Continuing with biblical texts, another of the figures related to Eve and the serpent is Lilith, a female devil possibly of Assyro-Babylonian origin who seduced and devoured men, attacking them like a vampire as they slept. Also known as Adam’s first wife, Lilith is usually depicted with long hair and wings, and sometimes with a serpent’s tail. This figure subsequently influenced 19th century representations of the femme fatale. Although the term femme fatale was first coined in the second half of the 19th century, and appears in works of art or literature by Munch, Klimt and Wilde, the concept has been depicted in all the arts from ancient times until the present day, one shining example of the latter being the famous femmes fatales of 1940s American film noir.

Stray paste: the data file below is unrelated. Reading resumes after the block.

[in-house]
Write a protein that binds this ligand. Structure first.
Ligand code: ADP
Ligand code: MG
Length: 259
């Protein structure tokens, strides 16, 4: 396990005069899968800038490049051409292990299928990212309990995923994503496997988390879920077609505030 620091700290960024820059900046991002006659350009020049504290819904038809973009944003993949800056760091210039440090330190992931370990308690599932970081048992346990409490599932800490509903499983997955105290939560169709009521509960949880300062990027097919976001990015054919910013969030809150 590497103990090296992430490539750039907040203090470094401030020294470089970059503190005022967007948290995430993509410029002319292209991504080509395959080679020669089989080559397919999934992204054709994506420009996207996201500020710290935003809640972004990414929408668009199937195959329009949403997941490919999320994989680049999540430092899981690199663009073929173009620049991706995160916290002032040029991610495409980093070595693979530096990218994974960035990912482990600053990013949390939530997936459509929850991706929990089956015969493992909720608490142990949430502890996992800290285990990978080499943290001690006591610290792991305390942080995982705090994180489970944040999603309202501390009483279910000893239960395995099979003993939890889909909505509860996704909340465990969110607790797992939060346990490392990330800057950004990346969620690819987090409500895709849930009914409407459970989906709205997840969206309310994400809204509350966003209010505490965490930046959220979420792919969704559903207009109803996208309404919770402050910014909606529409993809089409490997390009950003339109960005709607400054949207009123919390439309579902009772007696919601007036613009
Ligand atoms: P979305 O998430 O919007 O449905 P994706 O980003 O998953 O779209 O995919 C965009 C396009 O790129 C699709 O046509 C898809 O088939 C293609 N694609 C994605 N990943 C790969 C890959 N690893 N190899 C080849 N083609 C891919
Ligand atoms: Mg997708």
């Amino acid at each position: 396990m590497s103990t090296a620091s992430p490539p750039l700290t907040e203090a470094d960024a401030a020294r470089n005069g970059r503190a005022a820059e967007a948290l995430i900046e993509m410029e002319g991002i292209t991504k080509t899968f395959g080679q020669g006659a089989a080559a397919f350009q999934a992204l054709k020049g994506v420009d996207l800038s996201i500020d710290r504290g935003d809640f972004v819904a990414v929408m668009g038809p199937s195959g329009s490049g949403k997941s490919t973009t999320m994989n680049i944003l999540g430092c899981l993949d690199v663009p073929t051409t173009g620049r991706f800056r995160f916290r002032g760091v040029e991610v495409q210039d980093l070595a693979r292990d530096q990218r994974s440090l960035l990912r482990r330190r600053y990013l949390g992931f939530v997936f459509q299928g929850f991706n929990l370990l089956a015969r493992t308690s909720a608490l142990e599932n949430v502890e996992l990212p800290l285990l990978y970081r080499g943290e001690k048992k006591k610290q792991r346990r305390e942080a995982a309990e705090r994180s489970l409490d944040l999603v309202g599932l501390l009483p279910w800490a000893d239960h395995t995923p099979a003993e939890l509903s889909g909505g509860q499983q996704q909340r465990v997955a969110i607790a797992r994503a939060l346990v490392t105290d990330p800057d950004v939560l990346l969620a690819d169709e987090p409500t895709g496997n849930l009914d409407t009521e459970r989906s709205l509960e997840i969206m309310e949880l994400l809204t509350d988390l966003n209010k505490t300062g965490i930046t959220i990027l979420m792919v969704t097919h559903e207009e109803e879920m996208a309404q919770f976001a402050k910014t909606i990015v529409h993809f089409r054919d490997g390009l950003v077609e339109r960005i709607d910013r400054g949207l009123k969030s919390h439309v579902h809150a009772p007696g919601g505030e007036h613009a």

gargolas de Batalha

Woman with spindle. Batalha Monastery (Portugal).


lasgargolasdh investigacion

Woman displaying her breasts. Batalha Monastery (Portugal).


As we saw earlier in one of the posts on the devil, he is sometimes depicted with female attributes. Devils with women’s breasts appeared in the late Middle Ages, a time when women symbolised evil and guilt, and there was a greater interest in the diabolical. The devil, women and monsters formed a powerful blend, and monstrous images proliferated, with satanic and lascivious shapes and attributes. This was combined with images of old women and witches.


grotesco gárgola iconografía

Old woman (grotesque). Cathedral of María Inmaculada in Vitoria (Spain). 


gargolas del mundo blog

Old woman. Batalha Monastery (Portugal).


GargolasDH neogotico

Old woman (grotesque). Cathedral of María Inmaculada in Vitoria (Spain). 


arte historia investigación

Old woman. Batalha Monastery (Portugal).


gargolas brujas malleus

Witch. Monterrey Palace (Salamanca, Spain).